Review: The White Queen

◆ The White Queen by Philippa Gregory
◆ Read August 2013
◆ English Edition
❝ Brother turns on brother to win the ultimate prize, the throne of England, in this dazzling account of the wars of the Plantagenets. They are the claimants and kings who ruled England before the Tudors, and now Philippa Gregory brings them to life through the dramatic and intimate stories of the secret players: the indomitable women, starting with Elizabeth Woodville, the White Queen.
The White Queen tells the story of a woman of extraordinary beauty and ambition who, catching the eye of the newly crowned boy king, marries him in secret and ascends to royalty. While Elizabeth rises to the demands of her exalted position and fights for the success of her family, her two sons become central figures in a mystery that has confounded historians for centuries: the missing princes in the Tower of London whose fate is still unknown. From her uniquely qualified perspective, Philippa Gregory explores this most famous unsolved mystery of English history, informed by impeccable research and framed by her inimitable storytelling skills.❞
I decided to read The White Queen after I watched the tv series of the same name, which I loved despite the historical inacurracies. The series - I discovered quickly - is a very literal adaption of every scene in the book. Needless to say this dissapointed me a bit because I had hoped that the novel would give more insight. 

Despite this, I still enjoyed it. The story runs along smoothly and Philippa Gregory does have a flowing and easy writing style, if not a little repetitious. Furthermore, I really liked that she focused on more characters besides protagonist Elizabeth. She is a little overbearing and obsessive, so including other characters like the three York brothers, Anthony, Henry Tudor etc. was a good decision. Overall, the characterization was really good too and pretty realistic given the time period.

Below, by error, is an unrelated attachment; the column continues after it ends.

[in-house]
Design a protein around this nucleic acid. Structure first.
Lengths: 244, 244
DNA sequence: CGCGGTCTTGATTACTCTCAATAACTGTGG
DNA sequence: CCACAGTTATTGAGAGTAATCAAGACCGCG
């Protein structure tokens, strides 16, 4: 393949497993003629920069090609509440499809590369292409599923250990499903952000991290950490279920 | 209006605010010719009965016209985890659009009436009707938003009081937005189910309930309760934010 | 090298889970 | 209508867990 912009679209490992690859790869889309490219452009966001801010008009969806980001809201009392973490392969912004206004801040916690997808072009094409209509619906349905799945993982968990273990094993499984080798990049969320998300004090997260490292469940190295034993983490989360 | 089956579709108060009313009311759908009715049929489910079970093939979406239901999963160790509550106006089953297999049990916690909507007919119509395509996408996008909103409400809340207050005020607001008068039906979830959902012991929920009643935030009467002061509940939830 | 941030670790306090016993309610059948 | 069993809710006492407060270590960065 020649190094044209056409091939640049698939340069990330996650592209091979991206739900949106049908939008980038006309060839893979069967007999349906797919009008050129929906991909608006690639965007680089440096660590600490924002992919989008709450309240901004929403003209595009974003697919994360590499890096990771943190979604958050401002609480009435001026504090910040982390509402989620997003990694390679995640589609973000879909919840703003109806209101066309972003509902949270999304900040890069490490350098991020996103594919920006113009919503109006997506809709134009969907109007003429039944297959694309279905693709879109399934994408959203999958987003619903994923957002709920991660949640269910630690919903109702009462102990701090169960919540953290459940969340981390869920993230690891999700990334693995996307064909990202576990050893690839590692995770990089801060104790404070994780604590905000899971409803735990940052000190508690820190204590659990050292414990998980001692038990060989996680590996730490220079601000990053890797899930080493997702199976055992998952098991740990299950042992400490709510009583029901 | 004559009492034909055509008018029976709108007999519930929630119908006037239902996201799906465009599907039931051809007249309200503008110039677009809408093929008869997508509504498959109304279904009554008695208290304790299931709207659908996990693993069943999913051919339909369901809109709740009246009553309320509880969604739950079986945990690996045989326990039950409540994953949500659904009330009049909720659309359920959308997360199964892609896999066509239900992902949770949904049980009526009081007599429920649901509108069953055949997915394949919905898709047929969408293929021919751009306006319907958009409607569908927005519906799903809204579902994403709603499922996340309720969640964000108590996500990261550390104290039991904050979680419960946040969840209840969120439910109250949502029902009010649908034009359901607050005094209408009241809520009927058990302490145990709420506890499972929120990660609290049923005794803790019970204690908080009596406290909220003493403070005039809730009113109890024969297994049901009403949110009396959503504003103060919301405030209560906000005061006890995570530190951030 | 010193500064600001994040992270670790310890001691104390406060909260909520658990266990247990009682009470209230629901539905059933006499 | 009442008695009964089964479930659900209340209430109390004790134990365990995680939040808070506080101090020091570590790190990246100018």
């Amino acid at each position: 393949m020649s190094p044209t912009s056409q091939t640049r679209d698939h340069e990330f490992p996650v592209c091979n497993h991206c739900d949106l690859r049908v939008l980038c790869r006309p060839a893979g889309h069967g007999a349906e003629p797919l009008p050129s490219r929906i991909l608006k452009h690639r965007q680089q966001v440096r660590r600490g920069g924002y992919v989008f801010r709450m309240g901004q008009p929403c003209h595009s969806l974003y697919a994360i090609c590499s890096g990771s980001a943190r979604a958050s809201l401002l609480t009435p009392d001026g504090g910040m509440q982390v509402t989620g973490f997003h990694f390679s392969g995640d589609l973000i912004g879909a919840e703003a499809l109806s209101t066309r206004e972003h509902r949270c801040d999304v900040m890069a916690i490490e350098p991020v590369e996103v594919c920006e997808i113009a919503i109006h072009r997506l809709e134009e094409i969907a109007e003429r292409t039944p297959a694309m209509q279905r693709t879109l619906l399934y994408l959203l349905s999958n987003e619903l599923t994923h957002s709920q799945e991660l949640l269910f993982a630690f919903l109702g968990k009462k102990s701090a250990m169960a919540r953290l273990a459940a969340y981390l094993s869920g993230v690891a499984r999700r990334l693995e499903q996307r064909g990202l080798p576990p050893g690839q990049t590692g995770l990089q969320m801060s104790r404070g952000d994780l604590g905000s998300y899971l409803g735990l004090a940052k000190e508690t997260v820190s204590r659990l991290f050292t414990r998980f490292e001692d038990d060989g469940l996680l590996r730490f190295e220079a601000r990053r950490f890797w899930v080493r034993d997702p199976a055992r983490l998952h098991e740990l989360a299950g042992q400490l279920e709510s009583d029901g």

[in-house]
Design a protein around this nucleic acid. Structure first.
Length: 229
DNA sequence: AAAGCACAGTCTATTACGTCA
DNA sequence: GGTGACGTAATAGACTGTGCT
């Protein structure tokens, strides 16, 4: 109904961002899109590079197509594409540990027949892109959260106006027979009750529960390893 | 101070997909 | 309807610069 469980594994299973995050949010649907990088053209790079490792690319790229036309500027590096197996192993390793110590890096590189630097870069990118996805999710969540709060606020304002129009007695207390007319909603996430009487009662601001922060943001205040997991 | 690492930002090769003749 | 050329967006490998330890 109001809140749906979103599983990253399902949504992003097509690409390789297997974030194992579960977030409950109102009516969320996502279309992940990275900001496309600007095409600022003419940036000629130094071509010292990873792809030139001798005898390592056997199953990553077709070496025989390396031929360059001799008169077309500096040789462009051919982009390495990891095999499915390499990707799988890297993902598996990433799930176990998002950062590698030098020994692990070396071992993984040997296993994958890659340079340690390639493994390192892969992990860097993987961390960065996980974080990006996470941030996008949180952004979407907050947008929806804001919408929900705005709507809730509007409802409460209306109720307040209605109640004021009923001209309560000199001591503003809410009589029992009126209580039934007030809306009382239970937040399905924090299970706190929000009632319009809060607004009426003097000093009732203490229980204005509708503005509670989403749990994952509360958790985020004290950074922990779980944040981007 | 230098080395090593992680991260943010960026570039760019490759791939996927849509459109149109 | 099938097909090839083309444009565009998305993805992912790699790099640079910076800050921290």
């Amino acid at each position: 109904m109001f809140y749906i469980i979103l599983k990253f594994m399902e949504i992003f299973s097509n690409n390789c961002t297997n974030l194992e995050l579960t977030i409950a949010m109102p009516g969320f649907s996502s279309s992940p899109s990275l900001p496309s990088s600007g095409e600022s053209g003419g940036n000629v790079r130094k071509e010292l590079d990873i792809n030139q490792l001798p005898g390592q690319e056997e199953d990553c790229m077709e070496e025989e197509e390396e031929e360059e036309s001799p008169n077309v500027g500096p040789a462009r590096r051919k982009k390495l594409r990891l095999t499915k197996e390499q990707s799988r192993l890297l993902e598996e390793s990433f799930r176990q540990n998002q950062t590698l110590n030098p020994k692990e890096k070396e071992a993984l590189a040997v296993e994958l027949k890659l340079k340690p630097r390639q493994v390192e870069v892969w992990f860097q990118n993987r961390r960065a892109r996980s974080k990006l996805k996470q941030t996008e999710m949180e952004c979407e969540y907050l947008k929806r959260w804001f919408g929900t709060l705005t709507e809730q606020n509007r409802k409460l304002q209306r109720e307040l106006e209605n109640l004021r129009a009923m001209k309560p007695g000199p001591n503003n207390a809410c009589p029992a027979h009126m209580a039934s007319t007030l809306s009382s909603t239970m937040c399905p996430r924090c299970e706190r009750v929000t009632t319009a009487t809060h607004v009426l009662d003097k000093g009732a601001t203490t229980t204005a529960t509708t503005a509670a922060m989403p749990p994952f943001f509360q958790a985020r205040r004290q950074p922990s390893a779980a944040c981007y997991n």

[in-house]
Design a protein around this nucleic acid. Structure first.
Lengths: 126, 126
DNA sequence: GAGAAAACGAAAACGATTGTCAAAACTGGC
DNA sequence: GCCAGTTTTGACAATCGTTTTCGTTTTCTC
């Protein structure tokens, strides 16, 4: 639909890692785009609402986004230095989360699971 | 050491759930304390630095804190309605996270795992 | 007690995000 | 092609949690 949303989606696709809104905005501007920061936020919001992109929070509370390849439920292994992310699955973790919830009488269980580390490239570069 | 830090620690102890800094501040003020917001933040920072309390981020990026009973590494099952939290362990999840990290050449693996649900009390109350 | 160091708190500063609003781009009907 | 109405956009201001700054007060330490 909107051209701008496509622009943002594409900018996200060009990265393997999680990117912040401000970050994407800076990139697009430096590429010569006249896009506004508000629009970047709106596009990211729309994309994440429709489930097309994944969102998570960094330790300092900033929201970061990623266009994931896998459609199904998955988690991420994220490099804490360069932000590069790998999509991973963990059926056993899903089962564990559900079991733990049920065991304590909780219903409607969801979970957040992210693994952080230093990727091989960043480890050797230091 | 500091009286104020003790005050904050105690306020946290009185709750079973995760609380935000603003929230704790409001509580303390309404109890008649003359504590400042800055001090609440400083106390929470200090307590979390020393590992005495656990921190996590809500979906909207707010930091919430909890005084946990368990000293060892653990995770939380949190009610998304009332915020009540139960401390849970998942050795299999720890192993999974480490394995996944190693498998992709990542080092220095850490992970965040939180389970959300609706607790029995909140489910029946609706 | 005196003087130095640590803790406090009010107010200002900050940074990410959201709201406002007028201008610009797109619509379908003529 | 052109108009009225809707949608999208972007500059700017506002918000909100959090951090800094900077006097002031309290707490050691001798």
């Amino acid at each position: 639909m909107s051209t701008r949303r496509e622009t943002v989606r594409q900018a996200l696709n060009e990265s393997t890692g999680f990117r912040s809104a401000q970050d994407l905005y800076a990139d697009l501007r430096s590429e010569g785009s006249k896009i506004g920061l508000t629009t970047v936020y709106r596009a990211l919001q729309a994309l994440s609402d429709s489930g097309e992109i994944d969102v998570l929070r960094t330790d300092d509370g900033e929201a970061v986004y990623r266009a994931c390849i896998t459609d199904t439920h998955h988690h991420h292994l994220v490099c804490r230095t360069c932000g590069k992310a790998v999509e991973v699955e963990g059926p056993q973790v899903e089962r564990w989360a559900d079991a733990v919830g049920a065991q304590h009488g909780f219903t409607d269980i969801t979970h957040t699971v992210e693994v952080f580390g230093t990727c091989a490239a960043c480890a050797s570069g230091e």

The thing that really did irk me was how freely Gregory interpreted the historical events, resulting in inaccuracies I simply could not ignore. The main inaccuracy I'm taking about is ofcourse Elizabeth's and Lady River's use of witchcraft to plot the downfall of their enemies. Queen Elizabeth was a powerful woman and I refuse to believe that this was because of sorcery, for the English would have surely executed their queen were she indeed a witch. Out of all the theories the author could have chosen, she decided to use something so unrealistic it's almost funny and it does not do Elizabeth justice at all. In addition, Gregory's interpretation of only one boy dying in the tower and the other escaping does not sit well with me either. To be really honest, these subplots kind of ruined the book for me, thus being the reason why I'm only giving it three stars. 

The White Queen was enjoyable and quite a pageturner, but it was really ordinary. Furthermore, I did not like some of the decisions that Philippa Gregory made regarding plot. 

3 stars because:
✓ Easy writing style
✓ Good characterization
✗ Unrealistic subplots
✗ Kind of ordinary


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